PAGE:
METAMERISM: when different light affects the way an image appears.
Mezzotint (maniére noire): a labor-intensive intaglio-printing process developed in the seventeenth century, in which the surface of a metal plate is uniformly covered with “burred” dots (or tiny indentations) made with a toothed tool called a rocker. The burrs (raised line effect created when scratching metal) are scraped away and/or areas of the plate are burnished to create half-tones and lights; the tone varies depending on the depth of the scraping or burnishing. Because of the range of subtle tones that can be created, mezzotint was widely used for color printmaking in the eighteenth and nineteenth centuries. After the development of photoengraving and photogravure, the technique became almost obsolete, except as a way to obtain a thicker texture on the plate.
Monogram: a typographic design consisting of two or more letters, usually the initials of a name, used to identify (as a symbol or logo) an individual, a group, or a company. The initials are often intertwined, or grouped, to form a single whole. A series of uncombined initials is called a cipher.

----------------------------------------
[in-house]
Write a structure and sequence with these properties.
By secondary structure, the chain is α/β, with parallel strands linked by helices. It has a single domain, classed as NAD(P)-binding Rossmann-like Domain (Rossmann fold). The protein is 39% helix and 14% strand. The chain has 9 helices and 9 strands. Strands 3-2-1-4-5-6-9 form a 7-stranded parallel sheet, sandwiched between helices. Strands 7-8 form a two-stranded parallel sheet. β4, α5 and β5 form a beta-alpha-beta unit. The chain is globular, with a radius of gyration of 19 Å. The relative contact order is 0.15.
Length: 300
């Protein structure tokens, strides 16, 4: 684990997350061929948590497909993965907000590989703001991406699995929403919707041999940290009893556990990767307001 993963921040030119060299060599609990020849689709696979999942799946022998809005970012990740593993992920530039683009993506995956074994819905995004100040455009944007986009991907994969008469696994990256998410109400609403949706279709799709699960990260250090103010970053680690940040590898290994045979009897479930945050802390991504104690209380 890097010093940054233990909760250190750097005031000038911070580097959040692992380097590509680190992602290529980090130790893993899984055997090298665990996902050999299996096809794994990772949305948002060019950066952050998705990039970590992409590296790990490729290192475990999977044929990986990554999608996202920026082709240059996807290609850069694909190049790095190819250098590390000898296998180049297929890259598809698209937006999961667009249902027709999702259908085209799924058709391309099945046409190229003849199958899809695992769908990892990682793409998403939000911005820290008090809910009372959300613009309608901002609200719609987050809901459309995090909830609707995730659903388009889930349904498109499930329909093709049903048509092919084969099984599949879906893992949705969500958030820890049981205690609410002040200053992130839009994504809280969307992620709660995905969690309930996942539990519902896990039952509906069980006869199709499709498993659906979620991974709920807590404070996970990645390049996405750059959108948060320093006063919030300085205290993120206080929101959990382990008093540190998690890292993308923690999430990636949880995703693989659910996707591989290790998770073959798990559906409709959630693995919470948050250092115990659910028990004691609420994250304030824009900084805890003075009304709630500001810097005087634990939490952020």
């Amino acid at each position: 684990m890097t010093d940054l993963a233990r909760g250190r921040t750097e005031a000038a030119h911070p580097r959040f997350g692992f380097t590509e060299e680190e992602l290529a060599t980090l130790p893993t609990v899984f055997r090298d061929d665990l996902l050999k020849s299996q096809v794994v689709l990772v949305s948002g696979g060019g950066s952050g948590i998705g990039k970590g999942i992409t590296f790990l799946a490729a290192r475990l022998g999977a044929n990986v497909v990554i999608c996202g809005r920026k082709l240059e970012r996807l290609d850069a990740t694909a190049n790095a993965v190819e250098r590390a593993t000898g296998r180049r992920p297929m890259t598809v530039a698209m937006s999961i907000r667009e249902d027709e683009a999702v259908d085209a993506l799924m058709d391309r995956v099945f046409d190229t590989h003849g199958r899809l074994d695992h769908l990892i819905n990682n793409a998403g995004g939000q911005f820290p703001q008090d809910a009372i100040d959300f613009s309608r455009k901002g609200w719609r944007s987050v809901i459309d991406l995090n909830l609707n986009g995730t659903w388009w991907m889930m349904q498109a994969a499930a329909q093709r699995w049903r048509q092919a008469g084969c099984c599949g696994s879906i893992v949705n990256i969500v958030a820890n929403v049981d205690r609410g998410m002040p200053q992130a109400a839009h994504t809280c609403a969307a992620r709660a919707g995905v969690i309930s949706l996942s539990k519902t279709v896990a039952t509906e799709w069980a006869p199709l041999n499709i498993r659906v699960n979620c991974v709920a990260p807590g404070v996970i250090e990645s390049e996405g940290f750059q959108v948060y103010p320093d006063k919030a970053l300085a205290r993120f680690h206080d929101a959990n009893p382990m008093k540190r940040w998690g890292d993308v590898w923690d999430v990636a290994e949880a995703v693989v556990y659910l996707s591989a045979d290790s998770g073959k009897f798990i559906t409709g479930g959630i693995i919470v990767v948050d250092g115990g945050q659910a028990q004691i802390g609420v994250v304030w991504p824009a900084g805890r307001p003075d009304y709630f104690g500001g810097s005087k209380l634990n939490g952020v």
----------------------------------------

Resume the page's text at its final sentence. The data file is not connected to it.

Mood board: also called visual-brief or concept board, consisting of a collage of drawn, printed, or digital images, text, and samples of objects, fabrics, or other materials mounted on a board, used by designers to convey the overall feel of a project to a client, especially in the early stages. The layout, size, and materials used in mood boards vary greatly depending on the type and size of the project.
OFFSET LITHOGRAPHY: used for photographic quality printing. This printing process uses flexible metal plates that are wrapped around metal cylinders. Pressure is applied that transfers ink to a rubber “blanket” and then onto paper as the cylinders roll.